This week's editor

En Liang Khong

En Liang Khong is a submissions editor at openDemocracy.

Constitutional conventions: best practice

This week's window on the Middle East - June 11, 2012

Arab Awakening's columnists offer their weekly perspective on what is happening on the ground in the Middle East. Leading the week: Will Islamic fundamentalism be a threat to democracy?

Trust, universalism and funding the BBC: video highlights of a debate with Greg Dyke

Video highlights of a debate over the future of the BBC with Greg Dyke, Lis Howell, Liz Forgan, Helena Kennnedy, David Elstein and Anthony Barnett, on trust, legitimacy, universalism and how to pay for them regarding Britain's public service broadcaster. 

Labour should talk about England (but no action, please): Ed Miliband on the Union

The Labour leader has set out his defence of the Union in a speech that appealed to his party to recognise England and show pride in the English. But is this enough, with Scotland considering independence and the English question waiting to explode?

Noah's stories in shaky archipelagos: Martinique, Haiti, Fukushima

In the third piece of our series on Fukushima (see Fabian Schäfer and Andy Chih-ming Wang) the Japanese anthropologist and cultural critic begins by thinking that he will have to go very far indeed to find words and memories strong enough to rival the actual phenomenon of this disaster. But as he mourns the passing of the Martinican philosopher, Édouard Glissant, the island of bliss gradually returns to him.

The BBC must join the fight for internet freedom: an open letter to the new DG

In an open letter to the BBC's future Director General, Nick Fraser, editor of the internationally renowned documentary series Storyville, calls for an embrace of online resources as the focus for a renewed strategy to defend liberty and assert long term vision. 

Tahrir is playing into the hands of the regime

The regime’s strategy is clear: gain the support of the silent majority and you don’t have to care about revolutionaries or their foreign contacts. The regime’s tactics are also clear: create chaos, blame it on the revolutionaries and claim that support of the regime is the only way back to stability.

What lost, what gained for Scotland in the last 60 years?

As Britain remembers Queen Elizabeth's ascension, how has Scotland changed since 1952? A glance back in time to the archives of The Scotsman newspaper reveals a past with much to say about the nation's present and future.

The taste of home: Blighty's eels and haggis pakora

The festivities of the ‘Great British Summer’ are steeped in ideas of monarchism, timeless heritage and monoculturalism. What is forgotten are the continually striking encounters of peoples and histories which have made and continue to make the country today.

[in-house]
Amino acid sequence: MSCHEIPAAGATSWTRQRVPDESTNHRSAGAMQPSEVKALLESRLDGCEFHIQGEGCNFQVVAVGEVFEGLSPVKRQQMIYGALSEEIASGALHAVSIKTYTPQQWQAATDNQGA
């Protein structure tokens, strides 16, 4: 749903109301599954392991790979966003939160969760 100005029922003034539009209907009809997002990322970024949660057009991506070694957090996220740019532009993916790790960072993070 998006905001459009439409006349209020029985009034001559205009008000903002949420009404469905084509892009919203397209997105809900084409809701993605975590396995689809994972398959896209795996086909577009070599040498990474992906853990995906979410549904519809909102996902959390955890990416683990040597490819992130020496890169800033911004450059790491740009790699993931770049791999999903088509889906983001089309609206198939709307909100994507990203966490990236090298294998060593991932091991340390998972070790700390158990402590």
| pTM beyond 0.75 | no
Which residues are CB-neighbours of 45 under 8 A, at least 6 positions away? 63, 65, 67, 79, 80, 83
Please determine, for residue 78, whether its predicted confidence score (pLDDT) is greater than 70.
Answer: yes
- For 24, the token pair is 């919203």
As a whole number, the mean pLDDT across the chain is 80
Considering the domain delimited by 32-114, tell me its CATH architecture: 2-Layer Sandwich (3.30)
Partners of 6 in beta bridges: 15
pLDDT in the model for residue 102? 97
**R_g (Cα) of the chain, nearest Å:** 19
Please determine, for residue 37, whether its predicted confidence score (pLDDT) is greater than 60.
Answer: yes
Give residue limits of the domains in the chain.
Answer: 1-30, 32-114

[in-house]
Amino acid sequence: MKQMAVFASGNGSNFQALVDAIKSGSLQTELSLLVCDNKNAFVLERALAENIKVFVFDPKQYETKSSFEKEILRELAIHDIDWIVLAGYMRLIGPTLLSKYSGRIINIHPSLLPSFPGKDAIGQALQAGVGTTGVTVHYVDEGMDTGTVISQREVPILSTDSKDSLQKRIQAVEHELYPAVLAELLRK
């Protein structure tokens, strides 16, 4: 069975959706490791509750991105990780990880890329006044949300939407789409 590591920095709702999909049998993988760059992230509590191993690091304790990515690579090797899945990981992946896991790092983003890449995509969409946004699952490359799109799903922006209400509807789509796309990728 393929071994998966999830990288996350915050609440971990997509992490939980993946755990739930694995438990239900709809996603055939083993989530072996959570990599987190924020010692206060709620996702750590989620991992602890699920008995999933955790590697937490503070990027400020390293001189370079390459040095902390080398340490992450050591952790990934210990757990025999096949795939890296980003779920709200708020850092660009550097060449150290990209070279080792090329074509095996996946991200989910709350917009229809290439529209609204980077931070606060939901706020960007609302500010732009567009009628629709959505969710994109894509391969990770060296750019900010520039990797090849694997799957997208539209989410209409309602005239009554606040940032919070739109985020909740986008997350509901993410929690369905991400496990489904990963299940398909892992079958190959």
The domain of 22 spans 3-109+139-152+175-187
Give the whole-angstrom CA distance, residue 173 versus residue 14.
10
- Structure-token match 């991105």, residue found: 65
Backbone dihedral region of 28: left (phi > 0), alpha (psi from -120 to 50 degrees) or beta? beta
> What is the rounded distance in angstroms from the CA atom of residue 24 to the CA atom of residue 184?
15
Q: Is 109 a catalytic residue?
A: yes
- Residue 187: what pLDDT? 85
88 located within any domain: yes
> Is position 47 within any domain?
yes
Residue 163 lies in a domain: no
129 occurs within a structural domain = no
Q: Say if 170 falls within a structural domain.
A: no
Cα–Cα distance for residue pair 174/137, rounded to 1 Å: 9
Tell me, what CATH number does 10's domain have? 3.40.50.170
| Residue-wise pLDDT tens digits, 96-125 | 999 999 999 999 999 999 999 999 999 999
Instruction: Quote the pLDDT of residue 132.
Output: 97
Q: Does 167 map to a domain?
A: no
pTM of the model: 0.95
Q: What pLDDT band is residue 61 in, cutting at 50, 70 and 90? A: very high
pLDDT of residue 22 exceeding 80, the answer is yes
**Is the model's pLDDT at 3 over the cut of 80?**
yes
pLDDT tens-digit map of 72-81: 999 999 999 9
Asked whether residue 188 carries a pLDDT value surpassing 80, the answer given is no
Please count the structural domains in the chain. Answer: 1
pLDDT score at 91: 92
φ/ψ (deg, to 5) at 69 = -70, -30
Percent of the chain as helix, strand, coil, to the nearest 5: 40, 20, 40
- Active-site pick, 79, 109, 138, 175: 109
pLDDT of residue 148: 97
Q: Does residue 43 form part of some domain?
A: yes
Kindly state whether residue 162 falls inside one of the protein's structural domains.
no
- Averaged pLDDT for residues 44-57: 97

The age of impatience: towards a democracy of instant gratification?

By definition democracy is a permanent deception, as imminent problems are made manifest and no immediate response is offered to them. Moreover, pressure of this sort can only become stronger as the grass always looks greener on the other side of the web.

The Jubilee, the Olympics, and the Commons

As the UK celebrates the Diamond Jubilee, the vast discrepency between its 'community focus' and the unshamed corporatism of London 2012 is glaring. The Olympic Organising Commitee should learn a thing or two from this weekend's celebrations and hand over the Games to the commons. 

British identity doesn’t need monarchy

As the UK celebrates the Queen's Diamond Jubilee, the 'national' rhetoric is that of a royal Britishness. Peter Tatchell examines the moral and social arguments against this conflation, suggesting the space for a new civic identity via republicanism.  

Manal Al Sharif: a lesson in moral courage

Few individuals are willing to brave the disapproval of their countrymen and the wrath of their society. But Manal Al Sharif, a Saudi woman, has been courageous enough to stand up strongly for women's rights in the face of overwhelming hostility.

Bias, balance and public interest: is the BBC suffering from the Dunning-Kruger effect?

The BBC has been criticised by several groups for its pro-Government stance during coverage of the run up and implementation of the NHS reforms. Alongside previous accusations of its left wing bias, this debate raises important questions about the institution’s capacity to fulfil its mandate of impartiality. 

The mean Lord Salisbury, heads the pageant and executes Gaby's

How the titular head of the Royal Pageant turns out to be a cold, mean landlord who trades on good will towards the Queen but closes the best Deli in London for a few more shillings

It’s the Taking Part...

Participation is one of the main legacy claims of the London 2012 Games. Mark Perryman, author of a forthcoming book on the Olympics, examines the evidence.

Deals with the devil

Talk of a pact with criminals is beyond the pale in Mexico’s presidential election campaign. But the tentative success of a deal with gang leaders in one of Central America’s most violent countries suggests the time may have come to explore a new style of negotiations aimed at reducing appalling levels of violence.

The Great British Summer?